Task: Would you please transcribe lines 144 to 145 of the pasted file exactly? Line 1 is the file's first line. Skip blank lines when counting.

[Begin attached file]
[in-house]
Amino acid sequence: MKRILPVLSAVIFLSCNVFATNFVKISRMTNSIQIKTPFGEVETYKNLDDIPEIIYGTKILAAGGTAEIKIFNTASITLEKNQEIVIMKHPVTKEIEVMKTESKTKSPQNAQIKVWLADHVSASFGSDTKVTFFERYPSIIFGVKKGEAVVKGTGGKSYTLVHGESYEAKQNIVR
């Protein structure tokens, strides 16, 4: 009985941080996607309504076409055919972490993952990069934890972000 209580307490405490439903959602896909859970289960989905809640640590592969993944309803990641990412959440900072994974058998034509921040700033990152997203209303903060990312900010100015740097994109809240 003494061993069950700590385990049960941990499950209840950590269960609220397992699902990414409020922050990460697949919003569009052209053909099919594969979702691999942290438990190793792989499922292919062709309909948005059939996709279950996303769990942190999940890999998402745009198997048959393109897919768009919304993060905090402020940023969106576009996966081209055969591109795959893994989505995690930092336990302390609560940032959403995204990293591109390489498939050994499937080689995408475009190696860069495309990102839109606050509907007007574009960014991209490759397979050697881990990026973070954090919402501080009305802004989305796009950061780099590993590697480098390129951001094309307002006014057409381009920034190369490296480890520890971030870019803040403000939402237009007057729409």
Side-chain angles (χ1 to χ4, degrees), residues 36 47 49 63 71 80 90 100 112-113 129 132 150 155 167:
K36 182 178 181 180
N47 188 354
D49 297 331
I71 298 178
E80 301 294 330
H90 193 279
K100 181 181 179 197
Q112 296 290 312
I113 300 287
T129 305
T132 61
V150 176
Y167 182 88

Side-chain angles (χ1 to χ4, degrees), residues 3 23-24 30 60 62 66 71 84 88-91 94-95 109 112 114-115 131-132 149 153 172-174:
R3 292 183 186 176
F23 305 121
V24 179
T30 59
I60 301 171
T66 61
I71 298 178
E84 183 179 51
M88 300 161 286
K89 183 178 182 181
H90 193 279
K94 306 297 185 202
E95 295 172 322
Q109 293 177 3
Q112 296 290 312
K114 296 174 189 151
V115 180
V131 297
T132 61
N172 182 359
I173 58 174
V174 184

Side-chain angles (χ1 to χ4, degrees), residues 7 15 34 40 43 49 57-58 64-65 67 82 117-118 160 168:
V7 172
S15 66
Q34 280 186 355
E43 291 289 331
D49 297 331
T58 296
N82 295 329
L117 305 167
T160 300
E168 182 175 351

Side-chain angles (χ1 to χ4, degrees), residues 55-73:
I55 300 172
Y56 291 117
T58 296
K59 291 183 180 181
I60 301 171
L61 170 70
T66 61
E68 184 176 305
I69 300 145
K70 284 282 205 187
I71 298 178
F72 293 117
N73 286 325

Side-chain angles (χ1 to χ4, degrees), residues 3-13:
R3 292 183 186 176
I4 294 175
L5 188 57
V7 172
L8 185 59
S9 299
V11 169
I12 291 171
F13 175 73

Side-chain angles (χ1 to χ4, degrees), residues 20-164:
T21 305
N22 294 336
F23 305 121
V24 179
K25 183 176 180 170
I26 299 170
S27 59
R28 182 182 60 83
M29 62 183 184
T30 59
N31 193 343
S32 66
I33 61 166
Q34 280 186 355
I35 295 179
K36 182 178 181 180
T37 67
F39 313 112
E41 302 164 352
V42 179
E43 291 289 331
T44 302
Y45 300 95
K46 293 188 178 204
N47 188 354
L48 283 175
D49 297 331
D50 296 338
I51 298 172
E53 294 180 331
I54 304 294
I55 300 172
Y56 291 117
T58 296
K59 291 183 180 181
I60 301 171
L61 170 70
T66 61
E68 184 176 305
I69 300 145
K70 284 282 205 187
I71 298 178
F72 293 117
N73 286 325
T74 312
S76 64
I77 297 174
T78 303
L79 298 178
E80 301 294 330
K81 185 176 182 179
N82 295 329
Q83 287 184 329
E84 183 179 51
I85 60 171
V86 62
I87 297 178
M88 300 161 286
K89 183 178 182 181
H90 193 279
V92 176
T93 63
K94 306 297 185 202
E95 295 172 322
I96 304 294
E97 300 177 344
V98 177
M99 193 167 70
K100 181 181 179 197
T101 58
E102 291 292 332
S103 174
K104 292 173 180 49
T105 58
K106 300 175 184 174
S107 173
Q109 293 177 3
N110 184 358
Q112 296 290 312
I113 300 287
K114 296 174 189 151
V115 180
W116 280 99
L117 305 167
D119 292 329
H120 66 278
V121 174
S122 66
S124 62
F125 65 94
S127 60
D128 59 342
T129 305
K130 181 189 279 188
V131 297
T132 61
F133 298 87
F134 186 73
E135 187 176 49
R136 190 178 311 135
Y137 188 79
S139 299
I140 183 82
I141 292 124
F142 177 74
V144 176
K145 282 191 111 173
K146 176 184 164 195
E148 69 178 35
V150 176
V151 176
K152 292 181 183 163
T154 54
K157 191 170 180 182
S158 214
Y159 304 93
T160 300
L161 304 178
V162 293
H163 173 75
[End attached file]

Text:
M99 193 167 70
K100 181 181 179 197